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Across the country, triple-digit temperature records were set in 150 places last year as the continental United States posted its warmest year on record, the government reported.

Sonoma County, bathed as usual in cool breezes off the Pacific Ocean, enjoyed mild weather, just right for growing a bumper crop of wine grapes.

"A perfect season," said Nick Frey, president of the Sonoma County Winegrape Commission.

Nearly 100 million people — about one-third of the nation's population — experienced 10 or more days of 100-degree or higher temperatures in 2012, the National Climatic Data Center said.

Santa Rosa's 170,000 residents sweltered at more than 100 degrees just twice — on Oct. 1 and 2.

At 100 degrees, people perspire and grapevines shut down, desiccating the fruit, Frey said.

Vines thrive at 87 degrees, he said, ideal for photosynthesis and for boosting the grapes' sugar level.

Growers had no complaints, bringing in a harvest of about 220,000 tons, or 10 percent above average. "It was nice," Frey said, adding: "It seldom is that way."

California joined the other 47 contiguous states in registering above-average temperatures last year, contributing to a 55.3-degree national average that was 1 degree warmer than the previous record in 1998 and 3.2 degrees above the average for the 20th century, the climate data center said.

Nineteen states had a record warm year and 26 more states has one of their 10 warmest. California's temperature tied for third highest on record.

Santa Rosa averaged 57.9 degrees, 1.3 degrees below average, according to Accuweather, The Press Democrat's weather forecaster.

Onshore winds held steady for the most of the year and "really kept you from baking," said Bob Smerbeck, Accuweather's senior meteorologist.

Only one month last year posted an above-average temperature in Santa Rosa, and that was May at a mere 0.7 degrees above average.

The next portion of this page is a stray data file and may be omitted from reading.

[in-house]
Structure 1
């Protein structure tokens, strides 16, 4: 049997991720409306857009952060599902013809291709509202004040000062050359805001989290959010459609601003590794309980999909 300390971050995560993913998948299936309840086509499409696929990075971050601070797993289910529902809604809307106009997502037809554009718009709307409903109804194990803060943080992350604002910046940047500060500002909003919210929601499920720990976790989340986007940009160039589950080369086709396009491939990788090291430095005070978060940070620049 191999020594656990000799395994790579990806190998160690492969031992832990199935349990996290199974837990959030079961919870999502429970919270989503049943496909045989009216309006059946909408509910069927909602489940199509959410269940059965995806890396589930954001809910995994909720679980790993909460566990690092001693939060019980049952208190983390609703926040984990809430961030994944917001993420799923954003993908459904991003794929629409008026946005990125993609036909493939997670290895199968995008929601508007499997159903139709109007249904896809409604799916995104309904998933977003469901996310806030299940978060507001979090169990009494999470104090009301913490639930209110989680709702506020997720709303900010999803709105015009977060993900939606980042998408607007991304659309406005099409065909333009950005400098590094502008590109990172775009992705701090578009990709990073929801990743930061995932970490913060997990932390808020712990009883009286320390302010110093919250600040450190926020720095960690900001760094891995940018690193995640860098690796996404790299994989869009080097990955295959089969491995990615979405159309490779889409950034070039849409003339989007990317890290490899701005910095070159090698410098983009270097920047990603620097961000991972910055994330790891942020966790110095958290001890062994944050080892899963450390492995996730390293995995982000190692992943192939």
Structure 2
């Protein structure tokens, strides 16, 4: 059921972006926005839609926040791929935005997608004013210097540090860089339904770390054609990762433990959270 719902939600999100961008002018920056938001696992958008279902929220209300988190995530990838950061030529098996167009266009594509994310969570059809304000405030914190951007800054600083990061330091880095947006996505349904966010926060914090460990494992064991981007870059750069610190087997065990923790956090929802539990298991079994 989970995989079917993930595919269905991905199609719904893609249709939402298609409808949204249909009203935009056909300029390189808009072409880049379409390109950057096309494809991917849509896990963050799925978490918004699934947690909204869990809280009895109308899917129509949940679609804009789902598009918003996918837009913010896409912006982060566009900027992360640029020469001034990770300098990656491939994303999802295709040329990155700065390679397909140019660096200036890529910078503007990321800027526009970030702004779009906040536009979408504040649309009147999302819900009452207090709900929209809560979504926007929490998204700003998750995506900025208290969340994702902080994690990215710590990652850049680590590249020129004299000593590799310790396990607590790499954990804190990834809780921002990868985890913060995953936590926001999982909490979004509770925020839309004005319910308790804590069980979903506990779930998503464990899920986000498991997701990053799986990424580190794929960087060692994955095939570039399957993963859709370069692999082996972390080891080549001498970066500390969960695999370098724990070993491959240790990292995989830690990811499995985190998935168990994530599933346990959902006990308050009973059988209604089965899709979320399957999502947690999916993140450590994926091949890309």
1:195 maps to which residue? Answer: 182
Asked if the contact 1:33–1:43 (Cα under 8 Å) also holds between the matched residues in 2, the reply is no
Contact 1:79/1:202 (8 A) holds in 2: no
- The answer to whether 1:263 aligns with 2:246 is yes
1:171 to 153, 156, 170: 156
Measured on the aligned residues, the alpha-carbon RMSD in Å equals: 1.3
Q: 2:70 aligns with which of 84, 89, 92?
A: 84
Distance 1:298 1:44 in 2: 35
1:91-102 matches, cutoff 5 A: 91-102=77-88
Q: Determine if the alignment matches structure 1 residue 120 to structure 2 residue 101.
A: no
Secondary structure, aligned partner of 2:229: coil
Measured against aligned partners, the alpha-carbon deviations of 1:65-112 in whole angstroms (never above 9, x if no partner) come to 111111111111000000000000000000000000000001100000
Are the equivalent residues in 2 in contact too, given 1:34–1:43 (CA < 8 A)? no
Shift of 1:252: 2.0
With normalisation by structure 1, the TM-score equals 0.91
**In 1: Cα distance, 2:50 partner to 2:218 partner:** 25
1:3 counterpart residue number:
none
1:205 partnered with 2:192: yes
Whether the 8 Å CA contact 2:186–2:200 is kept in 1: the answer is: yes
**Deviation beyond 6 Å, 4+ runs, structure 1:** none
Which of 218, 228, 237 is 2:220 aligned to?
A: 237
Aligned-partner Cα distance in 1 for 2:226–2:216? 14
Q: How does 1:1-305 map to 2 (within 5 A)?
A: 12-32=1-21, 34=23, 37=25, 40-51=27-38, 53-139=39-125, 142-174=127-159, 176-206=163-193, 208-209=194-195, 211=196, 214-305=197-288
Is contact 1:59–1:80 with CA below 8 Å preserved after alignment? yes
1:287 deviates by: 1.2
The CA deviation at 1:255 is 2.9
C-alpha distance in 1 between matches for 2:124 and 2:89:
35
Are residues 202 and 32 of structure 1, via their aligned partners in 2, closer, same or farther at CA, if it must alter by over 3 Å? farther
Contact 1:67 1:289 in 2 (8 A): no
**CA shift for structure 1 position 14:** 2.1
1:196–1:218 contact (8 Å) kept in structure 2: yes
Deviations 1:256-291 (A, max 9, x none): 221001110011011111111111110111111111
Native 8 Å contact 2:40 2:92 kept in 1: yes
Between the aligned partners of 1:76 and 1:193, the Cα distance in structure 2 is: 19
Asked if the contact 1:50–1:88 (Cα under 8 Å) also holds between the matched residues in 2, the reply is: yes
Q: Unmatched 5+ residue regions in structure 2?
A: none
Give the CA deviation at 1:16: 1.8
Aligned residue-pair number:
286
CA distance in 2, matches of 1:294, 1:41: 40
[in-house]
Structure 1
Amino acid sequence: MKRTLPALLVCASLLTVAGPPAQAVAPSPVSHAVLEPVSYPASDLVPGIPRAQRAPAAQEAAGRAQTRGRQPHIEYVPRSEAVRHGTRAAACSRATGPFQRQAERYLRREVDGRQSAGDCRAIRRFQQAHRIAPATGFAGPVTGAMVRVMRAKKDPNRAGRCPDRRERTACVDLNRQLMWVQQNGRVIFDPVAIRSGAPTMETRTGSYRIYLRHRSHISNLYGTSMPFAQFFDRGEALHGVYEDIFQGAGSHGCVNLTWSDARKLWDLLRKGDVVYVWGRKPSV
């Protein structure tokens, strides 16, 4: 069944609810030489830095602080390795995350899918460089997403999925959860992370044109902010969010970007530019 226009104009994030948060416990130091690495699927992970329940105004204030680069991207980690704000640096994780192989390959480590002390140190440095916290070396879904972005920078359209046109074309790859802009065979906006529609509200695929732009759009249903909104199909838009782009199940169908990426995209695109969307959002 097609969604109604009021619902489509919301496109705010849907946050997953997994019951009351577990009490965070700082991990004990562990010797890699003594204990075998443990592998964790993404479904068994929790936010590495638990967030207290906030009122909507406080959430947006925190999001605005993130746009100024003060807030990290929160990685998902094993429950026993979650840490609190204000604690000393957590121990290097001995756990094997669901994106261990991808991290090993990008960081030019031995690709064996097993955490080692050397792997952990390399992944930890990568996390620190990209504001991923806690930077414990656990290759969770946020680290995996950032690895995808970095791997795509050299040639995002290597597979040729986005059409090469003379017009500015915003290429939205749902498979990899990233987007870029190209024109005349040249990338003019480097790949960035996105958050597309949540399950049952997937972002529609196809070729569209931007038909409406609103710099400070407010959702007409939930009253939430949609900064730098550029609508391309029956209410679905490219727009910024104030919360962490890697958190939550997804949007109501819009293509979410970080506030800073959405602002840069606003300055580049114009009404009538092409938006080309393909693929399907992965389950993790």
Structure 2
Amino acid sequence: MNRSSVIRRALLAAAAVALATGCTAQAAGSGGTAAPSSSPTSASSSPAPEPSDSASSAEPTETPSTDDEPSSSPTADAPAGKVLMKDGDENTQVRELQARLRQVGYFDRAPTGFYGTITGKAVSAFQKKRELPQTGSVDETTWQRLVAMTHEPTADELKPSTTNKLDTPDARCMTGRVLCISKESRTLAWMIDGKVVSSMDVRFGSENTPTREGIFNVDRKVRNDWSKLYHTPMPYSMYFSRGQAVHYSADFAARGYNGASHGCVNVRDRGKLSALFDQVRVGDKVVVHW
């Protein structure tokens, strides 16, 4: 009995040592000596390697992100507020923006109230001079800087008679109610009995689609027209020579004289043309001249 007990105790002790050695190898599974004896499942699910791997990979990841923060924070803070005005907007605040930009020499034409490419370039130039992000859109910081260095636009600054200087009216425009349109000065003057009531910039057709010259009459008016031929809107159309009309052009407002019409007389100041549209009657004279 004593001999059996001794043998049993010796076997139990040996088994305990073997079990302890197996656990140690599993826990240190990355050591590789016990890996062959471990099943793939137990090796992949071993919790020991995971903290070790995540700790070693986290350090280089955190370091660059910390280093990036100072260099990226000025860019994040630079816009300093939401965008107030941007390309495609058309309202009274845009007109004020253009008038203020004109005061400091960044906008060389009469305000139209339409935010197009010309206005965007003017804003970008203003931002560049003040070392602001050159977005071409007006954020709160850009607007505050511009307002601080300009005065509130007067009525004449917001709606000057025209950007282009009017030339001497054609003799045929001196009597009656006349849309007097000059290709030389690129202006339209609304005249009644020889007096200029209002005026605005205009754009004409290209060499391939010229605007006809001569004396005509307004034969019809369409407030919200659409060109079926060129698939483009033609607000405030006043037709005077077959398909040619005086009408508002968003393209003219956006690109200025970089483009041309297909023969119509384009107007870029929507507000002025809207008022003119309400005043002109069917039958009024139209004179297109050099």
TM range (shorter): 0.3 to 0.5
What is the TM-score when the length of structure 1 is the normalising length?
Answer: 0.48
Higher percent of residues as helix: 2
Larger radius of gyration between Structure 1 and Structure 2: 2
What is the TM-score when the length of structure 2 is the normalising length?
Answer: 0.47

Last March was damp and cool, a full four degrees below average in Santa Rosa, while the Midwest was a whopping 15 to 19 degrees above normal, Smerbeck said.

Most of California breezed through a scorching year in which 99 cities from coast to coast had their warmest-ever average temperatures, including Fresno at 66.8 degrees, 2.4 degrees above its 30-year average.

The other five California cities on the climate data center's list were nowhere close to records, with sunny San Diego at 64.2 degrees and Los Angeles at 63.4 (both 19th warmest), Sacramento at 61.7 (18th warmest) and San Francisco at 57.6 (28th warmest).

Foggy Eureka averaged 51.7 degrees last year, its 59th warmest on record.

That Fresno heat is a gift to Sonoma County, pushing Central Valley air upward and drawing in the cool, moist Pacific air that nurtures pinot noir and chardonnay grapes along the Sonoma coast, West County and the Russian River, Frey said.

2012 also was a parched year for the U.S., 15th driest on record with an average 26.57 inches of precipitation, 2.57 inches below normal, and a drought that gripped 61 percent of the nation at one point, the climate data center reported.

Again, Santa Rosa bucked the trend, with 41.29 inches of rain, nearly nine inches, or 27 percent, above average.

And Smerbeck said it was "hard to tell" if the nation's record warmth last year was part of global climate change.

Most of the world's northern hemisphere was closer to normal or cooler than average. "The United States stands out like a sore thumb," he said.